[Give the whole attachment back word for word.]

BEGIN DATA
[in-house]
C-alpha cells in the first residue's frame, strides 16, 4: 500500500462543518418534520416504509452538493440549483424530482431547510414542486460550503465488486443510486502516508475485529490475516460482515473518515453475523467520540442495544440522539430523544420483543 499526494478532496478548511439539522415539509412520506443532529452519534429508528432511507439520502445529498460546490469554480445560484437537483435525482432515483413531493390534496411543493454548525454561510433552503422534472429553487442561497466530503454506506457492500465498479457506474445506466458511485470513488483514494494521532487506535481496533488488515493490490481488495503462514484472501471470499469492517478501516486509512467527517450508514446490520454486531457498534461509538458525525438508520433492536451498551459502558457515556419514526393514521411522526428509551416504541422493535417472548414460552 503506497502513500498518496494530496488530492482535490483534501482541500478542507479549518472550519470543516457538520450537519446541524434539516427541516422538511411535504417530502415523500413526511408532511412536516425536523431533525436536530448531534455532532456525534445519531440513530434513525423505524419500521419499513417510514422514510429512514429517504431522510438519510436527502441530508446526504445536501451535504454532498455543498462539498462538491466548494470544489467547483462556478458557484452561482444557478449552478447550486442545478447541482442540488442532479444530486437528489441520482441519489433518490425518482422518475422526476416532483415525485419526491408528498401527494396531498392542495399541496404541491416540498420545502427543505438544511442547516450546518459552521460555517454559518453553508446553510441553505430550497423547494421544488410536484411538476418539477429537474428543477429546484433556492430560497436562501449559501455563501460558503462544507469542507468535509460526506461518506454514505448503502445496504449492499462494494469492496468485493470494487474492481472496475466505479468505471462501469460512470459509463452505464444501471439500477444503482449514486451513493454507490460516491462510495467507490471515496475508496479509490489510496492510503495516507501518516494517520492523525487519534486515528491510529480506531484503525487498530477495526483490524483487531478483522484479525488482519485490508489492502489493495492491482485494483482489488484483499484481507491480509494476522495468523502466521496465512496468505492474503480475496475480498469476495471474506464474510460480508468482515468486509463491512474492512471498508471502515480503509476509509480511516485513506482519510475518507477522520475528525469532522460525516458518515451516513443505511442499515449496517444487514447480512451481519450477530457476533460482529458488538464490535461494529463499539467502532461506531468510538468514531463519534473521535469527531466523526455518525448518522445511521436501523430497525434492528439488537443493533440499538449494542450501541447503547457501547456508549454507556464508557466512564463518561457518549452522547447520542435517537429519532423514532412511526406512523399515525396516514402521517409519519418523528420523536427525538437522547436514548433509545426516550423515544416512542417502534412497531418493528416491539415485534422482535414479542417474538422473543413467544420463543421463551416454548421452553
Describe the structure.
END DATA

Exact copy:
[in-house]
C-alpha cells in the first residue's frame, strides 16, 4: 500500500462543518418534520416504509452538493440549483424530482431547510414542486460550503465488486443510486502516508475485529490475516460482515473518515453475523467520540442495544440522539430523544420483543 499526494478532496478548511439539522415539509412520506443532529452519534429508528432511507439520502445529498460546490469554480445560484437537483435525482432515483413531493390534496411543493454548525454561510433552503422534472429553487442561497466530503454506506457492500465498479457506474445506466458511485470513488483514494494521532487506535481496533488488515493490490481488495503462514484472501471470499469492517478501516486509512467527517450508514446490520454486531457498534461509538458525525438508520433492536451498551459502558457515556419514526393514521411522526428509551416504541422493535417472548414460552 503506497502513500498518496494530496488530492482535490483534501482541500478542507479549518472550519470543516457538520450537519446541524434539516427541516422538511411535504417530502415523500413526511408532511412536516425536523431533525436536530448531534455532532456525534445519531440513530434513525423505524419500521419499513417510514422514510429512514429517504431522510438519510436527502441530508446526504445536501451535504454532498455543498462539498462538491466548494470544489467547483462556478458557484452561482444557478449552478447550486442545478447541482442540488442532479444530486437528489441520482441519489433518490425518482422518475422526476416532483415525485419526491408528498401527494396531498392542495399541496404541491416540498420545502427543505438544511442547516450546518459552521460555517454559518453553508446553510441553505430550497423547494421544488410536484411538476418539477429537474428543477429546484433556492430560497436562501449559501455563501460558503462544507469542507468535509460526506461518506454514505448503502445496504449492499462494494469492496468485493470494487474492481472496475466505479468505471462501469460512470459509463452505464444501471439500477444503482449514486451513493454507490460516491462510495467507490471515496475508496479509490489510496492510503495516507501518516494517520492523525487519534486515528491510529480506531484503525487498530477495526483490524483487531478483522484479525488482519485490508489492502489493495492491482485494483482489488484483499484481507491480509494476522495468523502466521496465512496468505492474503480475496475480498469476495471474506464474510460480508468482515468486509463491512474492512471498508471502515480503509476509509480511516485513506482519510475518507477522520475528525469532522460525516458518515451516513443505511442499515449496517444487514447480512451481519450477530457476533460482529458488538464490535461494529463499539467502532461506531468510538468514531463519534473521535469527531466523526455518525448518522445511521436501523430497525434492528439488537443493533440499538449494542450501541447503547457501547456508549454507556464508557466512564463518561457518549452522547447520542435517537429519532423514532412511526406512523399515525396516514402521517409519519418523528420523536427525538437522547436514548433509545426516550423515544416512542417502534412497531418493528416491539415485534422482535414479542417474538422473543413467544420463543421463551416454548421452553
Describe the structure.